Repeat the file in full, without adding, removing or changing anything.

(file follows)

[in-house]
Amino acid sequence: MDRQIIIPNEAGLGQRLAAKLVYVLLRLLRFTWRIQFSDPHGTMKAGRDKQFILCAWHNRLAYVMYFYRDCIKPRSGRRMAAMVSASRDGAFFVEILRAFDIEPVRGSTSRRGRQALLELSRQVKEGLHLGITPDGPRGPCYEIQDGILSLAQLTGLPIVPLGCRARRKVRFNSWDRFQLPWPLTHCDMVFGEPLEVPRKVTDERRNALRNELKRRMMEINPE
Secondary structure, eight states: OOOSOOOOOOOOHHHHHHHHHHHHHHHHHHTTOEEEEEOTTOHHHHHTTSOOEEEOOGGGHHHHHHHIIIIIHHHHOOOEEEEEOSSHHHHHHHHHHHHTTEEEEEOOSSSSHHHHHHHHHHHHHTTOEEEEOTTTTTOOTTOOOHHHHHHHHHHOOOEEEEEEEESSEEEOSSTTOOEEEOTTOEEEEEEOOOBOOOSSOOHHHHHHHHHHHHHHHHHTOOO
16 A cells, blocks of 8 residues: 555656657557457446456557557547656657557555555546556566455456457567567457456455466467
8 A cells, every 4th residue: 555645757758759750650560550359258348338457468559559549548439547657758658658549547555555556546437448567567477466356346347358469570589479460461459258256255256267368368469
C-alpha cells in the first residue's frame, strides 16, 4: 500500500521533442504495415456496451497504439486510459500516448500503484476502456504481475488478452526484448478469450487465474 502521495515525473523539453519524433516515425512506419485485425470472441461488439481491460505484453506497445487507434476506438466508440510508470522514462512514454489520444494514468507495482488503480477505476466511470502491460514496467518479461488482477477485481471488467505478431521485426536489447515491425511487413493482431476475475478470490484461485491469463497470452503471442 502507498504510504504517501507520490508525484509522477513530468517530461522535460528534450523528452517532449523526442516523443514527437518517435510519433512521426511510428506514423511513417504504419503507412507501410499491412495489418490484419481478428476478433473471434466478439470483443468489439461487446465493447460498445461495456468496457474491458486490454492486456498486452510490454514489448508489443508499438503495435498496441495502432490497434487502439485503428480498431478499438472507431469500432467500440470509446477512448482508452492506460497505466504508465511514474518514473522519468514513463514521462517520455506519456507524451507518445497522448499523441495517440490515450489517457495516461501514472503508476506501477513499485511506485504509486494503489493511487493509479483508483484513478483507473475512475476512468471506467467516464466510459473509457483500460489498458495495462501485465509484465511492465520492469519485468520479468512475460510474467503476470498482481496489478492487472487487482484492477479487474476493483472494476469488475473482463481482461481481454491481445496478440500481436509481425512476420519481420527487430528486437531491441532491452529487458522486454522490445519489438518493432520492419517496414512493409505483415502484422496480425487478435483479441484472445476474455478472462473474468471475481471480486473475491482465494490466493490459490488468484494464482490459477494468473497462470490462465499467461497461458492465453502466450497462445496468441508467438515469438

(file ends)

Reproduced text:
[in-house]
Amino acid sequence: MDRQIIIPNEAGLGQRLAAKLVYVLLRLLRFTWRIQFSDPHGTMKAGRDKQFILCAWHNRLAYVMYFYRDCIKPRSGRRMAAMVSASRDGAFFVEILRAFDIEPVRGSTSRRGRQALLELSRQVKEGLHLGITPDGPRGPCYEIQDGILSLAQLTGLPIVPLGCRARRKVRFNSWDRFQLPWPLTHCDMVFGEPLEVPRKVTDERRNALRNELKRRMMEINPE
Secondary structure, eight states: OOOSOOOOOOOOHHHHHHHHHHHHHHHHHHTTOEEEEEOTTOHHHHHTTSOOEEEOOGGGHHHHHHHIIIIIHHHHOOOEEEEEOSSHHHHHHHHHHHHTTEEEEEOOSSSSHHHHHHHHHHHHHTTOEEEEOTTTTTOOTTOOOHHHHHHHHHHOOOEEEEEEEESSEEEOSSTTOOEEEOTTOEEEEEEOOOBOOOSSOOHHHHHHHHHHHHHHHHHTOOO
16 A cells, blocks of 8 residues: 555656657557457446456557557547656657557555555546556566455456457567567457456455466467
8 A cells, every 4th residue: 555645757758759750650560550359258348338457468559559549548439547657758658658549547555555556546437448567567477466356346347358469570589479460461459258256255256267368368469
C-alpha cells in the first residue's frame, strides 16, 4: 500500500521533442504495415456496451497504439486510459500516448500503484476502456504481475488478452526484448478469450487465474 502521495515525473523539453519524433516515425512506419485485425470472441461488439481491460505484453506497445487507434476506438466508440510508470522514462512514454489520444494514468507495482488503480477505476466511470502491460514496467518479461488482477477485481471488467505478431521485426536489447515491425511487413493482431476475475478470490484461485491469463497470452503471442 502507498504510504504517501507520490508525484509522477513530468517530461522535460528534450523528452517532449523526442516523443514527437518517435510519433512521426511510428506514423511513417504504419503507412507501410499491412495489418490484419481478428476478433473471434466478439470483443468489439461487446465493447460498445461495456468496457474491458486490454492486456498486452510490454514489448508489443508499438503495435498496441495502432490497434487502439485503428480498431478499438472507431469500432467500440470509446477512448482508452492506460497505466504508465511514474518514473522519468514513463514521462517520455506519456507524451507518445497522448499523441495517440490515450489517457495516461501514472503508476506501477513499485511506485504509486494503489493511487493509479483508483484513478483507473475512475476512468471506467467516464466510459473509457483500460489498458495495462501485465509484465511492465520492469519485468520479468512475460510474467503476470498482481496489478492487472487487482484492477479487474476493483472494476469488475473482463481482461481481454491481445496478440500481436509481425512476420519481420527487430528486437531491441532491452529487458522486454522490445519489438518493432520492419517496414512493409505483415502484422496480425487478435483479441484472445476474455478472462473474468471475481471480486473475491482465494490466493490459490488468484494464482490459477494468473497462470490462465499467461497461458492465453502466450497462445496468441508467438515469438